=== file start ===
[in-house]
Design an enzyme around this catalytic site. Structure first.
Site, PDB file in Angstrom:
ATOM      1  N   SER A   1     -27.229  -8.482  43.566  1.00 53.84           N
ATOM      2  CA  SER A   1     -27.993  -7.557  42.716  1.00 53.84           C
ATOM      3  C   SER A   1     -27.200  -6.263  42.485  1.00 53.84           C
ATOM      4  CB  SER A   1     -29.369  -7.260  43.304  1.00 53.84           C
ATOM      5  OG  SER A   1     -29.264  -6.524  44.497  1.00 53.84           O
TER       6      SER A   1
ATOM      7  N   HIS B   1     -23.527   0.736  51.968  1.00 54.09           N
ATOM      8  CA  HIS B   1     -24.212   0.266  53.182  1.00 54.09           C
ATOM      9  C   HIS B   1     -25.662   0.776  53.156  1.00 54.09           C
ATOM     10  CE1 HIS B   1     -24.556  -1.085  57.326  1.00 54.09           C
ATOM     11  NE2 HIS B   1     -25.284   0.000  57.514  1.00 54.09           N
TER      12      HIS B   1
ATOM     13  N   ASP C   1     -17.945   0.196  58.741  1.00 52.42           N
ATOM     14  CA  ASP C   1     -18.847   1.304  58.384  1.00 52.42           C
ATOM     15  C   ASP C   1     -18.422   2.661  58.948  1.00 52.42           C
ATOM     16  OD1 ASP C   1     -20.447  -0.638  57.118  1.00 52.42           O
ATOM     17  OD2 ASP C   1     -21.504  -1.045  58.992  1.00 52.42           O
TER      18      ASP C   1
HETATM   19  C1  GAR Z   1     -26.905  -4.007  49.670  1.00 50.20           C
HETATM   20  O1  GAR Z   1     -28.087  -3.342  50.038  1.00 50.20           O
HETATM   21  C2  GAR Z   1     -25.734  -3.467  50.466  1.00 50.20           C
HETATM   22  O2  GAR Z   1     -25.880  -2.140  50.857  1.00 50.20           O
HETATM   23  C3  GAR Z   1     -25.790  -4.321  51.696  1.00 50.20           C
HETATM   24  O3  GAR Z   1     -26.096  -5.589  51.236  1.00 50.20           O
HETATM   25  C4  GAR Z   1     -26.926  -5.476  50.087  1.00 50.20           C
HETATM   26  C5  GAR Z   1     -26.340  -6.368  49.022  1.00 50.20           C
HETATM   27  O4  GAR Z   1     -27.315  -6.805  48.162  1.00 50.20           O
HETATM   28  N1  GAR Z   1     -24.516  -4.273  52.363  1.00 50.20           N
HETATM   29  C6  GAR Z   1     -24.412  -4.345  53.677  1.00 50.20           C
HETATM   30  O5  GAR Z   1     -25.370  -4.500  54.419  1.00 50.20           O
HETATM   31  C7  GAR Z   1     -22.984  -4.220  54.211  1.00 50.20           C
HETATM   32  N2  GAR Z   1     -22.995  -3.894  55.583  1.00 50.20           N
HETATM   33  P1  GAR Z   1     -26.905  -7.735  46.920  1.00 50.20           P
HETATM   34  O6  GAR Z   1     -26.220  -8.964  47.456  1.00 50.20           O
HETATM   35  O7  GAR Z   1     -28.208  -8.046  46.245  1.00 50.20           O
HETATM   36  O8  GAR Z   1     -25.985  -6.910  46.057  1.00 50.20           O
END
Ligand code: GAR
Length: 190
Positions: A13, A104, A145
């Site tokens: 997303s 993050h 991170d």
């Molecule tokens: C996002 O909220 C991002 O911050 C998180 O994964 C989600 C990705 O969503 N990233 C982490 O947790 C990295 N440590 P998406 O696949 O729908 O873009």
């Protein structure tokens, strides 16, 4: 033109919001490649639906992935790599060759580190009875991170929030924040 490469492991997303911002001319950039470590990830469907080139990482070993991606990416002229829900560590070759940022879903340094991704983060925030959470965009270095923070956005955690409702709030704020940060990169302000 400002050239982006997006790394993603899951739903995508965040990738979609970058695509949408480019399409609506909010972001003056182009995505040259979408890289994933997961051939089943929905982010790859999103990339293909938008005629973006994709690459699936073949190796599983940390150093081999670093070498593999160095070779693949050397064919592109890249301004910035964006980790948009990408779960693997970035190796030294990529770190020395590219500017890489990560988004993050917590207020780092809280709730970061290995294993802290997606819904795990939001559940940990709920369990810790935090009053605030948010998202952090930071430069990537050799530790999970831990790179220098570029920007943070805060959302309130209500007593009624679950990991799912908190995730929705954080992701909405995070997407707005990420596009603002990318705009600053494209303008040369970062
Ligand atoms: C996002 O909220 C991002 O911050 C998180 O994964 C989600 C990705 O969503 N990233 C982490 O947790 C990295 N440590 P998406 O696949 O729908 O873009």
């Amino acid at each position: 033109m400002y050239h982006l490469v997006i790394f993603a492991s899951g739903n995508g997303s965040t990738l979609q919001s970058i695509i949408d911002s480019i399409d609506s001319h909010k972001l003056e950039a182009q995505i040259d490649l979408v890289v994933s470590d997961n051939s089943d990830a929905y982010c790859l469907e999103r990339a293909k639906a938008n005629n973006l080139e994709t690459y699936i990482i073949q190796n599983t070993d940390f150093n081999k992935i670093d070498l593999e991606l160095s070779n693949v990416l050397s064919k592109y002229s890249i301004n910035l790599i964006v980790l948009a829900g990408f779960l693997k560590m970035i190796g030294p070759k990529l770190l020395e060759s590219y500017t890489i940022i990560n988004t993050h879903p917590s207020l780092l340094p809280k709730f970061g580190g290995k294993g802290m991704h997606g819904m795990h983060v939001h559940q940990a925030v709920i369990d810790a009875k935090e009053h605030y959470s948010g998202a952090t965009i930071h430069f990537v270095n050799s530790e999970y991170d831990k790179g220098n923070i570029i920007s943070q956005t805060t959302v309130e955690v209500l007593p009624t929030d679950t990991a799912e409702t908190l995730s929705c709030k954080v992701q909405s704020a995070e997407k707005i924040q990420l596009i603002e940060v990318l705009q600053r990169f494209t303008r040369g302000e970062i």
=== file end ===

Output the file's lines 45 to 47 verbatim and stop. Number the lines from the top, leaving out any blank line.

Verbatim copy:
């Molecule tokens: C996002 O909220 C991002 O911050 C998180 O994964 C989600 C990705 O969503 N990233 C982490 O947790 C990295 N440590 P998406 O696949 O729908 O873009």
């Protein structure tokens, strides 16, 4: 033109919001490649639906992935790599060759580190009875991170929030924040 490469492991997303911002001319950039470590990830469907080139990482070993991606990416002229829900560590070759940022879903340094991704983060925030959470965009270095923070956005955690409702709030704020940060990169302000 400002050239982006997006790394993603899951739903995508965040990738979609970058695509949408480019399409609506909010972001003056182009995505040259979408890289994933997961051939089943929905982010790859999103990339293909938008005629973006994709690459699936073949190796599983940390150093081999670093070498593999160095070779693949050397064919592109890249301004910035964006980790948009990408779960693997970035190796030294990529770190020395590219500017890489990560988004993050917590207020780092809280709730970061290995294993802290997606819904795990939001559940940990709920369990810790935090009053605030948010998202952090930071430069990537050799530790999970831990790179220098570029920007943070805060959302309130209500007593009624679950990991799912908190995730929705954080992701909405995070997407707005990420596009603002990318705009600053494209303008040369970062
Ligand atoms: C996002 O909220 C991002 O911050 C998180 O994964 C989600 C990705 O969503 N990233 C982490 O947790 C990295 N440590 P998406 O696949 O729908 O873009």